Should We Fear The Robot Economy?

Robot Economy

The information age, driven by mass adoption of the internet and the mobility trend, has carried us to the precipice of something truly exciting. The speed of innovation has increased dramatically. We may be reaching the limits of Moore’s law, but human collaboration on a grand scale and machine learning are still relatively new, and it’s not yet clear what kind of future they will bring.

If we can harness big data, realise the Internet of Things, and move towards greater automation and artificial intelligence, then we should emerge from this disruptive phase in great shape. But we can’t focus only on the future. We have to be mindful about where we’re coming from.

Perfect Storm Of Disruption

The enterprise is already struggling to integrate and capitalise on the latest technological innovations. The pace and complexity is creating serious integration headaches and leaving little room for businesses to figure out how to mature their offerings and best serve consumers. A recent Prescouter report enumerated some of the disruptive technologies that are changing the world.

  • Big Data: The report suggested that big data will be a $50 billion market by 2017. But we can’t analyse the information as quickly as we’re collecting it, yet. When we develop the capability to process this information in real-time we’ll be able to make informed decisions much faster. Human capabilities will not be limited by physical attributes.
  • Machine Learning and AI: We’re already looking at a $20.5 billion industry. We’re automating business processes and tasks, developing machine learning, and improving predictive capabilities. This is inevitably going to displace service-based jobs, just like farming and manufacturing before them.
  • Internet of Things: There will be 50 billion connected objects by 2022, which, coupled with AI, will be contributing $2 trillion in value to the global economy. Most data is knowledge developed by humans right now, but that’s about to shift as the IoT comes online.
  • The robot economy: The impact is difficult to accurately predict, but according to research from the McKinsey Global Institute the automation of knowledge work could have an economic impact of between $5 and $7 trillion by 2025. Many people fear that this will mean job losses.

As we shift to a robot economy, we initially lose mundane and repetitive jobs, but with AI that could change. As devices, machines and robots begin to operate more and more without the need for human intervention, we may see incredible benefits in the short term. For example, driverless cars could cut 1.5 million driver-caused deaths down to zero. We need to evolve, to reinvent ourselves and create new services, building differentiated capabilities on top of products. It could be a painful process but humans are nothing if not adaptive.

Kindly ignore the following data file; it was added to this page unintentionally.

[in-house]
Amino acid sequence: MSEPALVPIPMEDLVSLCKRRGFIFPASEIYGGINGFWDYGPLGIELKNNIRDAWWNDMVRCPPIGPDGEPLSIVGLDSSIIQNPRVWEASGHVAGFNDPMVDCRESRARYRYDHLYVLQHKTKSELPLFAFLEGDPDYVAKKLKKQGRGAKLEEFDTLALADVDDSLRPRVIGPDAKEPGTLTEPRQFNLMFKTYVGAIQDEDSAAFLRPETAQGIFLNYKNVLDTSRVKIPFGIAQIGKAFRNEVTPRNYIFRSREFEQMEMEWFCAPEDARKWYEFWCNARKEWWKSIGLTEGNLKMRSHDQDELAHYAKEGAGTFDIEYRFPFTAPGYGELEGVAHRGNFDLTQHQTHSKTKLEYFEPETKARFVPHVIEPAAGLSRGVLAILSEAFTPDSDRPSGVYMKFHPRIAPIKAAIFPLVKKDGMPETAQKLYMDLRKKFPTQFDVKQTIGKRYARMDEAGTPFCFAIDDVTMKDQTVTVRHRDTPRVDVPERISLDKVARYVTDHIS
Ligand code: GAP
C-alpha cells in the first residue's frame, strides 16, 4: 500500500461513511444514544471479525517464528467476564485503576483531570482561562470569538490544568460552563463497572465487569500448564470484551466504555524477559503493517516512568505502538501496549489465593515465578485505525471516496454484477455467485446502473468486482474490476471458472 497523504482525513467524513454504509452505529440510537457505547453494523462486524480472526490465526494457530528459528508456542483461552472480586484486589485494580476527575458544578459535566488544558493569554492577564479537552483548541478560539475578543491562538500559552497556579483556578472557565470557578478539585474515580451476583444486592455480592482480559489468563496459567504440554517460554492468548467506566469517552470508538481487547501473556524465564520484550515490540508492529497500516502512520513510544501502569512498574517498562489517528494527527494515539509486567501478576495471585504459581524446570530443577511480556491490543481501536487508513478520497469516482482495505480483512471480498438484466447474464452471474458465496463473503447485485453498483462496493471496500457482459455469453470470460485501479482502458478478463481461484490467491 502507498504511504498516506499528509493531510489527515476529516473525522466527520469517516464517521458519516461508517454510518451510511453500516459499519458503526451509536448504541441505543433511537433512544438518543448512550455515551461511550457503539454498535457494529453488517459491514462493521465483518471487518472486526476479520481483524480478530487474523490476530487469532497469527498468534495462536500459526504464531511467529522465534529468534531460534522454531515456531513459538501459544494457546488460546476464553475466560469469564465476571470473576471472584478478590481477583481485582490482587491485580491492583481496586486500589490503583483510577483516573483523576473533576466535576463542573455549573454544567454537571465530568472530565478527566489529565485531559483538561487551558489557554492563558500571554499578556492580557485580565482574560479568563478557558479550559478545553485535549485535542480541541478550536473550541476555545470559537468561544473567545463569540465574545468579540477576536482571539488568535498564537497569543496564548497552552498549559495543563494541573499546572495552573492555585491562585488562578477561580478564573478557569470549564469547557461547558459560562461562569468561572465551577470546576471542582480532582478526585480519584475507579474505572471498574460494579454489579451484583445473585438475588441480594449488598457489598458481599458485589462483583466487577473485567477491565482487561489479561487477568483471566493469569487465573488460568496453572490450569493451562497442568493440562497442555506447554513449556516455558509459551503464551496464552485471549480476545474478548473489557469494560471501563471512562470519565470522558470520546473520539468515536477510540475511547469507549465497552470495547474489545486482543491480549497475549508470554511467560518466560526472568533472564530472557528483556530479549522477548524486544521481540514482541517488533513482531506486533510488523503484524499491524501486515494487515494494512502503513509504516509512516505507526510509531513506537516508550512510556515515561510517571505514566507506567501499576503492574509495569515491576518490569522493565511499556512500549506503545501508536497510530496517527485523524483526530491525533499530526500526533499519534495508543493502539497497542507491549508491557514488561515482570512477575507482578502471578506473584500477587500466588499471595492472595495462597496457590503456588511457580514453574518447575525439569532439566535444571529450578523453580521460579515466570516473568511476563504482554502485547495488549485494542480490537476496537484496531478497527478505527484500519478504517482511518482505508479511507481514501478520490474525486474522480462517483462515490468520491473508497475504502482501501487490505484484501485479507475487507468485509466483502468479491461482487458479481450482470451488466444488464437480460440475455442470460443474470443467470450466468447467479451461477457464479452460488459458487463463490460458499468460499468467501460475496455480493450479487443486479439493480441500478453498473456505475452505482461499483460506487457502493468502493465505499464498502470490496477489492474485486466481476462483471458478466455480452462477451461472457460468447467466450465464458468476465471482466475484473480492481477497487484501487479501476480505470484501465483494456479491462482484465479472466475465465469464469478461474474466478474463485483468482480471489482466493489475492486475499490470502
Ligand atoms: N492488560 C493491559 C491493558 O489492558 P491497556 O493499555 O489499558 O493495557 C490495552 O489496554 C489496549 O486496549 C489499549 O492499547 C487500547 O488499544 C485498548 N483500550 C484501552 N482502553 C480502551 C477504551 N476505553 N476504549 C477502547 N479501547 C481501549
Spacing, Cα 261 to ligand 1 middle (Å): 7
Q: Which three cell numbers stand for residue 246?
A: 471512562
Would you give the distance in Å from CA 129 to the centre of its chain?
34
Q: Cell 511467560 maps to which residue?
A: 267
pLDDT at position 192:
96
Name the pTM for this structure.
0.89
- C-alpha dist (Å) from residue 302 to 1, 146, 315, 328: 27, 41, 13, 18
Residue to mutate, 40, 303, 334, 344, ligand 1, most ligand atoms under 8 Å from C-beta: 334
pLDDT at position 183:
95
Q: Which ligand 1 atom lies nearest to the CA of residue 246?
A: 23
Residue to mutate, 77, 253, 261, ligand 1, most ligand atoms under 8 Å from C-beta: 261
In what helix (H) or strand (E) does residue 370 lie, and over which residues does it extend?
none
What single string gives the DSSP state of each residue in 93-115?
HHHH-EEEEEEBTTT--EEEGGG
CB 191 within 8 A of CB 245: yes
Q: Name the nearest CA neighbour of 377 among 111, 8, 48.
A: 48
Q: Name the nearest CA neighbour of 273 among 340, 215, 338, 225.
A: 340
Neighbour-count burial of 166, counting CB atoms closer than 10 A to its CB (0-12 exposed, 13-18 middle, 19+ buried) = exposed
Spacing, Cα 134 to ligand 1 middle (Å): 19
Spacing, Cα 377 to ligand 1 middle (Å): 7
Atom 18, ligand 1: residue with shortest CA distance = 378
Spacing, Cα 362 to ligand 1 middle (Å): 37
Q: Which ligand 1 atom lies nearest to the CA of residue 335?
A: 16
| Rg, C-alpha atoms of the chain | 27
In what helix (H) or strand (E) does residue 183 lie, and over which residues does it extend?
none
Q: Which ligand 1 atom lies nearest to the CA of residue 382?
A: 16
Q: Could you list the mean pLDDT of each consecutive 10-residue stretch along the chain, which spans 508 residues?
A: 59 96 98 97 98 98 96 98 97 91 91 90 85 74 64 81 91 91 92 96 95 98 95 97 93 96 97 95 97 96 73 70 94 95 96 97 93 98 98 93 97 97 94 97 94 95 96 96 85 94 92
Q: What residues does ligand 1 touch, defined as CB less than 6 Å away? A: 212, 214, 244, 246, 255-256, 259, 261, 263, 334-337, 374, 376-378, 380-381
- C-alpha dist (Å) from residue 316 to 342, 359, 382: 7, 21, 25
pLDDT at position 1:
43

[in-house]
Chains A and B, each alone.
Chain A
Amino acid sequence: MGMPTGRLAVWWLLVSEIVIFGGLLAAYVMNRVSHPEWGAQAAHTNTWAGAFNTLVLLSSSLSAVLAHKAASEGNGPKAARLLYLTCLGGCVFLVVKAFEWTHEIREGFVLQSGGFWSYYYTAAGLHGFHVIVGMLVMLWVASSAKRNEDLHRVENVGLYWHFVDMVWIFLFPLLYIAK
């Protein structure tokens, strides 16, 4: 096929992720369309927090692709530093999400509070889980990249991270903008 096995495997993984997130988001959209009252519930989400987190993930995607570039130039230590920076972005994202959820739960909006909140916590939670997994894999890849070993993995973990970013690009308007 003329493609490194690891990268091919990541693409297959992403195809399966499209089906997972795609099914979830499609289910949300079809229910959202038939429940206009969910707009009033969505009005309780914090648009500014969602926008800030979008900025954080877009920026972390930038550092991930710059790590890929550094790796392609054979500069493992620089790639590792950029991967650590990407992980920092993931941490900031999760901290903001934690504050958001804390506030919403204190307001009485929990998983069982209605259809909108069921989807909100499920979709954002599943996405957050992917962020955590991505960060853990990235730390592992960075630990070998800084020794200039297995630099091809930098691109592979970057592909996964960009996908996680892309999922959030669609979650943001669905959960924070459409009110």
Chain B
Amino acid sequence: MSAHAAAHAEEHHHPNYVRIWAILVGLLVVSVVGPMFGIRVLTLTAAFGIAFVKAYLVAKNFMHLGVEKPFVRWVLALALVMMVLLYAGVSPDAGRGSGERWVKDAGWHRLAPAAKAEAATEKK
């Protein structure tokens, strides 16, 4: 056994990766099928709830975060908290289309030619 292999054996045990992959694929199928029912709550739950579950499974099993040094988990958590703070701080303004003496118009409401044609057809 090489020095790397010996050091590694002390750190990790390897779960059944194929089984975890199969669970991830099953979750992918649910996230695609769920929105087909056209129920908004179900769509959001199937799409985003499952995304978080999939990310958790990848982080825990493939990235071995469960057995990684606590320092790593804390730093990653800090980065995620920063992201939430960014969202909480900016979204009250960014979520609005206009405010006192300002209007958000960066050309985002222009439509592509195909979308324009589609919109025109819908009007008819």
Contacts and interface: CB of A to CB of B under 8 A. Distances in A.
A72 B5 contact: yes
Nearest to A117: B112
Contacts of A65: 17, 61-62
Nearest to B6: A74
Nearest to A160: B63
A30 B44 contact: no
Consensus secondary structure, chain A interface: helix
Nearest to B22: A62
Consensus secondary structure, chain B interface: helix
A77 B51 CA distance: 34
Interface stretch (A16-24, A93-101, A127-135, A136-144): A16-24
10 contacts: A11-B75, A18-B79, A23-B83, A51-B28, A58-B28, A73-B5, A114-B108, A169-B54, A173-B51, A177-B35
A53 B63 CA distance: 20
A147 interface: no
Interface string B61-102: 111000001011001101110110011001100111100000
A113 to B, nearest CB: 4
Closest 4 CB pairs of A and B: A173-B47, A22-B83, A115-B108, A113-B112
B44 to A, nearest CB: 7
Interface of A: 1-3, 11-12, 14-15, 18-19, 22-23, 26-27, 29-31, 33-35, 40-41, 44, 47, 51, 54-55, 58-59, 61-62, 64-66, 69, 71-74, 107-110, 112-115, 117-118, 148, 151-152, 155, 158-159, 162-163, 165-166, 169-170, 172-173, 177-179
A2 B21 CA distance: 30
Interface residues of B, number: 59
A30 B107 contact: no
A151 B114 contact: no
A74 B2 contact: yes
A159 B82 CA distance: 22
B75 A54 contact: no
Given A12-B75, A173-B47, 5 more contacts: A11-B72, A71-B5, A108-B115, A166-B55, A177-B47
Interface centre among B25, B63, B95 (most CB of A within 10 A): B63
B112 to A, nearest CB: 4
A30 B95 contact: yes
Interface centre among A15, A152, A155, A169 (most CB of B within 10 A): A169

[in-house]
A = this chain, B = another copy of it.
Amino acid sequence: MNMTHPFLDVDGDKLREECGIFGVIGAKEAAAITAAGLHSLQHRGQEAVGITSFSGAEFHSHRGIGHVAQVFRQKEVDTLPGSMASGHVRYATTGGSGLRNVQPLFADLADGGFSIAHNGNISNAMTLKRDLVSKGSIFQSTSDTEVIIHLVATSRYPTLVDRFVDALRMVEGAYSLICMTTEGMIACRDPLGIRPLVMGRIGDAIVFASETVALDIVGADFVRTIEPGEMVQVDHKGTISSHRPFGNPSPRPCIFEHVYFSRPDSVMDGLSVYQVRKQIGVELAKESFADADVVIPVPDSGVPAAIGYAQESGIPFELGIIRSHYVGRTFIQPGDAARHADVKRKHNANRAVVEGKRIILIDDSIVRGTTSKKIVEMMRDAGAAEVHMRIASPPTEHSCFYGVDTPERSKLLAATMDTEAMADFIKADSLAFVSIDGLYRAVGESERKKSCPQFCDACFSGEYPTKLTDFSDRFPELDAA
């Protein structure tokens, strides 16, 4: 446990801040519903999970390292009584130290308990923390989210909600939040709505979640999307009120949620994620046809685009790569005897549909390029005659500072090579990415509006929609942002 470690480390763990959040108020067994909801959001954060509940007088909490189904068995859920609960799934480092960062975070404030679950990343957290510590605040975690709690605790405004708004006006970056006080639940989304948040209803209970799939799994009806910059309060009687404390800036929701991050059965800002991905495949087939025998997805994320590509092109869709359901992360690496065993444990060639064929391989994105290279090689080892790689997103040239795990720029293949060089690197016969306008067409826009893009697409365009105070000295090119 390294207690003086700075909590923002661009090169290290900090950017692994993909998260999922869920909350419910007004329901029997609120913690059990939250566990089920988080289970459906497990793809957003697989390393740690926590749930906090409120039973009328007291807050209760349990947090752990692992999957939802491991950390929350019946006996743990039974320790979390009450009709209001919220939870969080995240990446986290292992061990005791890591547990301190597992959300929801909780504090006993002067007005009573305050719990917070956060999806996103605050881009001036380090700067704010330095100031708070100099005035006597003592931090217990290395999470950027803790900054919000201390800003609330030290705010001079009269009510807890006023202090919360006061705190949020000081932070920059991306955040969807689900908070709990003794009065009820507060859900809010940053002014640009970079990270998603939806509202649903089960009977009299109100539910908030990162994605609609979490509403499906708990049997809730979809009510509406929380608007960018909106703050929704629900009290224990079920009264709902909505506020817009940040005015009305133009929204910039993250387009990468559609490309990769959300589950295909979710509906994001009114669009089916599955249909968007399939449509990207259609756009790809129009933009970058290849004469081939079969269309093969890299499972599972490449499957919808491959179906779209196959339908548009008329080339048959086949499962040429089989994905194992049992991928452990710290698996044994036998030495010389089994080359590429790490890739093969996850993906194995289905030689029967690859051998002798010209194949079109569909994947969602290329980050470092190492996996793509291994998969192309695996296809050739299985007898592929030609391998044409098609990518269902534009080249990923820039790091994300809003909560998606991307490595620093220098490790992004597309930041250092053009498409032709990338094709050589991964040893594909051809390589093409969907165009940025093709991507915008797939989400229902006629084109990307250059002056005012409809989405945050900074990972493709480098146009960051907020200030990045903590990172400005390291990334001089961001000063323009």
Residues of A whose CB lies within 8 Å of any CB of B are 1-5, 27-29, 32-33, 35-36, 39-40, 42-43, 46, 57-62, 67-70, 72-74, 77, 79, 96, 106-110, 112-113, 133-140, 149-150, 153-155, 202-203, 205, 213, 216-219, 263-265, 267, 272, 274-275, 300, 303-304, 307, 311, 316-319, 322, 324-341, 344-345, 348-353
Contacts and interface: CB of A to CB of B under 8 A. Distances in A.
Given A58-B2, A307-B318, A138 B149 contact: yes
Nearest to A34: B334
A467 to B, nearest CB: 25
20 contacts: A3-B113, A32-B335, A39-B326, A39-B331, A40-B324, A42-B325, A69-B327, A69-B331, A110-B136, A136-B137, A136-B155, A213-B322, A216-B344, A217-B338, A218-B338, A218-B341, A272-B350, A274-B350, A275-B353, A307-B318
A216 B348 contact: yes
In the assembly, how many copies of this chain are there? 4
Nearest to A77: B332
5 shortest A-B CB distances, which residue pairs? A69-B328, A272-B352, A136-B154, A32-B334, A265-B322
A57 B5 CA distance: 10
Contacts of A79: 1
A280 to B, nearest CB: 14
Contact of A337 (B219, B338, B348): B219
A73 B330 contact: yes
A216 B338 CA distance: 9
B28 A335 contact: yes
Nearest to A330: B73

Consumerisation & ‘Bring Your Own Cloud’

BYOC (Bring your own cloud) or also known as ‘Personal Clouds’ has proliferated the consumer world as users demand access to their apps and content across all of their devices. Personal cloud computing is expected to achieve $9.5B compared to just $400M in 2009, at an average annual increase of 88% according to Gigaom.com.

Many organisations need to evolve their User Device and Data Policies, to spell out specifically what is and isn’t allowed. They also need to protect intellectual property from leaking into a personal cloud. Another study revealed that 80% of corporate IT organisations are familiar with BYOD, only 20% are very familiar or familiar with BYOC.

Within the enterprise world this presents a challenge in securing data on devices and limiting data to where data should reside. Most consumers are familiar with iCloud and in fact many of today’s MDM (Mobile Device Management) solutions help contain data through either one-way passing or wrap technology which prevents unauthorised data share.

For example, Fujitsu provisions a secure container on mobile devices. Within this container is secure email, secure applications, and secure browsing. Citrix Workspace Suite, delivered through Fujitsu’s Workplace Anywhere solutions, provides a secure container where data can be stored/shared to a backend enterprise hosted cloud via a technology called ShareFile.

BYOC presents a threat to many corporations as users can access personal content directly from their corporate environment and vice versa they can post content that might be IP in nature to their personal space outside of company control or view. The best approach is to have a Corporate Device policy that dictates which technologies are acceptance and then controls to limit corporate data from moving outside of the corporate controlled domain. If one must have a personal cloud, it is best to secure it using an enterprise hosted solution.

Legacy Skills

As we become more dependent on automation and technology, there’s a danger that we’ll start to distance ourselves from basic human survival skills. It’s a subconscious fear that we see repeatedly played out in movies. But perhaps there’s an opportunity there for businesses to hold onto those key traits and develop them. A legacy skill set could allow for differentiation based on retention of knowledge. We don’t need to fear the robot economy, but we do need to plan for it, and part of that is about finding a balance between where we’ve been and where we’re going.

Nicholas Lee is Head of Global Offerings, EUS Managed Infrastructure Services for Fujitsu, the leading Japanese information and communication technology company. Approximately 162,000 Fujitsu people support customers in more than 100 countries.